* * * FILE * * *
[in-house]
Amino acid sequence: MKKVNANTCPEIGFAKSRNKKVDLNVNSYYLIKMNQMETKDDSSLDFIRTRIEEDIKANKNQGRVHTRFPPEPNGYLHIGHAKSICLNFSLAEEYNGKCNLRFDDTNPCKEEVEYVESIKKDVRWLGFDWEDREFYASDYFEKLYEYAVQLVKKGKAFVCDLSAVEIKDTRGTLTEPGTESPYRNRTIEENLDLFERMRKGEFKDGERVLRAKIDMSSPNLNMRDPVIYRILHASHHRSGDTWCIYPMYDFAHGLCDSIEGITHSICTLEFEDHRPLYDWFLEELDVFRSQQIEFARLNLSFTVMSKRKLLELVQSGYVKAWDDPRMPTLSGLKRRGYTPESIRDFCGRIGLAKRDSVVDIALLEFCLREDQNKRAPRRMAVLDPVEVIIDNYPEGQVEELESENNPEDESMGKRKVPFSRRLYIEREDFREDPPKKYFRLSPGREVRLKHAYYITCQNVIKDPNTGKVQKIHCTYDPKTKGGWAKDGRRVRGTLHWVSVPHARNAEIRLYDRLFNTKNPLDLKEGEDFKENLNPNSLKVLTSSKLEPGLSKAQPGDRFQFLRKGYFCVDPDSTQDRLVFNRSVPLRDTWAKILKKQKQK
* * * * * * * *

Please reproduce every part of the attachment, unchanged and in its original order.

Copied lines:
[in-house]
Amino acid sequence: MKKVNANTCPEIGFAKSRNKKVDLNVNSYYLIKMNQMETKDDSSLDFIRTRIEEDIKANKNQGRVHTRFPPEPNGYLHIGHAKSICLNFSLAEEYNGKCNLRFDDTNPCKEEVEYVESIKKDVRWLGFDWEDREFYASDYFEKLYEYAVQLVKKGKAFVCDLSAVEIKDTRGTLTEPGTESPYRNRTIEENLDLFERMRKGEFKDGERVLRAKIDMSSPNLNMRDPVIYRILHASHHRSGDTWCIYPMYDFAHGLCDSIEGITHSICTLEFEDHRPLYDWFLEELDVFRSQQIEFARLNLSFTVMSKRKLLELVQSGYVKAWDDPRMPTLSGLKRRGYTPESIRDFCGRIGLAKRDSVVDIALLEFCLREDQNKRAPRRMAVLDPVEVIIDNYPEGQVEELESENNPEDESMGKRKVPFSRRLYIEREDFREDPPKKYFRLSPGREVRLKHAYYITCQNVIKDPNTGKVQKIHCTYDPKTKGGWAKDGRRVRGTLHWVSVPHARNAEIRLYDRLFNTKNPLDLKEGEDFKENLNPNSLKVLTSSKLEPGLSKAQPGDRFQFLRKGYFCVDPDSTQDRLVFNRSVPLRDTWAKILKKQKQK